Aso Eboshidake, butterflies and a frog 阿蘇烏帽子岳
Nov. 1st. 2022,
Nakatosa michi no eki
Nakatosa michi no eki proves to be a fine place to stay. It is flat, has good modern facilities, a dog run, provides plenty of rubbish bins and clearly marked evacuation routes in case of a tsunami. This being the Pacific coast of Koichi, something to keep in mind.
It is adjacent to a small port, busy with fishing boats unloading.
Misaki to Saganoseki Ferry
There was a little light rain in the night but by the time we set off for the ferry port at Misaki this has stopped. We follow last night’s baffling road of wide metalled road, tunnels and narrow tracks.
The Kokudo 94 ferry from Misaki to Saganoseki, Kyushu leaves every hour (except 1.30pm) so we expect to make the 2.30pm.
On arrival, we are warned we may not get on the 2.30pm, in which case we will be on the 3.30pm. There is an ominous line of large trucks, but we board without problem.
The crossing takes 70 minutes, and we are soon heading for michi no eki Asobo no sato Kugino. Nevertheless, it is well after dark as we pull in. We have been here before and are familiar with the lay-out, but it is large, and parking is on two levels so can be confusing. The lower level is where you want to be.
Relax with a beer after a long day of driving.
Aso Eboshidake climbing
After a quiet night at the michi no eki, we drive up Mt. Aso from the south. It is not possible to view the crater these days as it is too active, but we are making for Kusasenri to climb Eboshidake. This is one of the Aso five peaks and a short easy climb.
There are two routes to the top, so a circular hike is possible. From the Kusasenri parking area, we take the route to the left, nearer the Aso crater. This is perhaps slightly longer but less consistently steep. The going underfoot is generally thick, black lava soil and short stretches of wooden steps. Coming down by the alternative route is steeper and perhaps more rocky.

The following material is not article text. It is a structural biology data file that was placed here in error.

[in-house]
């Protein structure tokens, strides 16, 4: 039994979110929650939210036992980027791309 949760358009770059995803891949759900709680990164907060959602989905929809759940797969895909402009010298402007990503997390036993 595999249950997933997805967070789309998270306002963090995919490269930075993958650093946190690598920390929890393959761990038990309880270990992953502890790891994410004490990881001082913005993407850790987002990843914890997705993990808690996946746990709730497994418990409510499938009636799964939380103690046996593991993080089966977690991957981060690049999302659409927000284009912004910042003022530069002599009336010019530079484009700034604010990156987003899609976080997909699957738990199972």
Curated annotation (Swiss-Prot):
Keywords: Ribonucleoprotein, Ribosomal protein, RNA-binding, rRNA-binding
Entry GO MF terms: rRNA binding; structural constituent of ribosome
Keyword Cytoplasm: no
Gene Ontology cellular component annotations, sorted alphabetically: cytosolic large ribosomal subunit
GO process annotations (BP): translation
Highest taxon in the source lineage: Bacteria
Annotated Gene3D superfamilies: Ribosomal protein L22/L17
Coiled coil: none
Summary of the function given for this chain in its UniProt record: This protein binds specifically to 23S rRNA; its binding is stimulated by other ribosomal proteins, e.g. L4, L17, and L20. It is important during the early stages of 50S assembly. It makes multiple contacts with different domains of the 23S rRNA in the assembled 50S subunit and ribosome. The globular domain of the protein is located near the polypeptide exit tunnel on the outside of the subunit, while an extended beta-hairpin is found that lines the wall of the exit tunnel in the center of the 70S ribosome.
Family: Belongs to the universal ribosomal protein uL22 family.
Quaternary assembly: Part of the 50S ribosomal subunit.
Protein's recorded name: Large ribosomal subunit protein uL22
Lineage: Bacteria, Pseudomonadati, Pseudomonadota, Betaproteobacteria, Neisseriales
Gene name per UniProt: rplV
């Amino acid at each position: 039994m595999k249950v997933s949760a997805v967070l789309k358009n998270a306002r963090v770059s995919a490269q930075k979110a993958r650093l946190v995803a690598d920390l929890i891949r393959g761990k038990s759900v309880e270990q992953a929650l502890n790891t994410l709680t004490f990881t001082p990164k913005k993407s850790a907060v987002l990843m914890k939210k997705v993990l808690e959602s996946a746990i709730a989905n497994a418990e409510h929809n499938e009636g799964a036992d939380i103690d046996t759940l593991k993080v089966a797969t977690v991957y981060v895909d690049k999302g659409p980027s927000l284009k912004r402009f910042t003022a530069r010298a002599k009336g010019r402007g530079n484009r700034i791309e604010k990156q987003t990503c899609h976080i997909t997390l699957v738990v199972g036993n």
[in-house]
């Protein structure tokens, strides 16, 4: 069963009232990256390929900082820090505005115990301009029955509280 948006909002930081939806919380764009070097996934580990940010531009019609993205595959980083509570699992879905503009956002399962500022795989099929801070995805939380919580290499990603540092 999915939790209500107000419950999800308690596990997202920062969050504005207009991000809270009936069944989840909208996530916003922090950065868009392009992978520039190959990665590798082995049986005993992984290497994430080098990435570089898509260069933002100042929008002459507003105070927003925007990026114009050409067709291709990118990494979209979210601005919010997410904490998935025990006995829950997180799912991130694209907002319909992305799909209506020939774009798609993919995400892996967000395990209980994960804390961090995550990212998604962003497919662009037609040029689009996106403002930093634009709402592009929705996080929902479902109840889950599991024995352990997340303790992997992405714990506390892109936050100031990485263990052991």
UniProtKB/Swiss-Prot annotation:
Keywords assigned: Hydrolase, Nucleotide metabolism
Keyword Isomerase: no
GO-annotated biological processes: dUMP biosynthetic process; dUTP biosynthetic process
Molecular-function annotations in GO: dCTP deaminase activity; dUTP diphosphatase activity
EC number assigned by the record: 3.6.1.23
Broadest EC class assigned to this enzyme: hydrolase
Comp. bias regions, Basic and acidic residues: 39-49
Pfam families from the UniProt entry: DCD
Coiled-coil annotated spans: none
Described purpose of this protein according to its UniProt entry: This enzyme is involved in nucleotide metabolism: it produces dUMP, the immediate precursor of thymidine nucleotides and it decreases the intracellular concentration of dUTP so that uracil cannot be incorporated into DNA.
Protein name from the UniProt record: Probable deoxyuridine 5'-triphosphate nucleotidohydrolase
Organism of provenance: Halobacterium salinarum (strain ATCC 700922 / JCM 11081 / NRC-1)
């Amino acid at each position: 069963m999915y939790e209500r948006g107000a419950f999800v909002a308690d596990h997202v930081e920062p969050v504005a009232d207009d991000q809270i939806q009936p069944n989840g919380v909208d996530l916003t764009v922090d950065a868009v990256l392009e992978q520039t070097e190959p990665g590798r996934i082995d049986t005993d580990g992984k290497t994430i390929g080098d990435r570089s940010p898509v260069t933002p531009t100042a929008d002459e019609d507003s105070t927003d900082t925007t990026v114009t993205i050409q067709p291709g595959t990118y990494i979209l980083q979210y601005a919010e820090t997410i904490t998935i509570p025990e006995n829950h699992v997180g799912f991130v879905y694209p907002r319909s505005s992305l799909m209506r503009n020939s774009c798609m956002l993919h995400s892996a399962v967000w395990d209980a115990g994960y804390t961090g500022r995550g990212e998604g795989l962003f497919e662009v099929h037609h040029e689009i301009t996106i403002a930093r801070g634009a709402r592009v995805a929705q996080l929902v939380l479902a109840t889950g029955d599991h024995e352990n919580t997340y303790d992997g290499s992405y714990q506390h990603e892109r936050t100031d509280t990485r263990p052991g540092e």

The views from the summit are very rewarding, especially so, as the morning is very clear in bright sunshine. We can see Unzendake in the distance which is apparently rare. The whole Aso caldera surrounds us in stark detail.
We are also surprised by the number of butterflies that seem to imagine it is spring. We noted five distinct varieties though I cannot identify butterflies. We also saw a small, green frog in the grass. This is high on a mountain in November.
From Aso we take the Milk Road and then the Yamanami Highway, always a joy to drive. Well, off season anyway.
After enjoying a final hot spring (onsen) near Chojabaru at Kuju, we head off towards Hita and finally, home.
＊Kujyu Hossho Hotel Sankei no yu ; 1000 yen / adult
The author is a long term resident of Japan who has and continues to travel the country extensively. Avoiding highways where possible, the author has driven from Kagoshima in Kyushu to Wakanai in Hokkaido covering 20,000 plus kilometres and counting.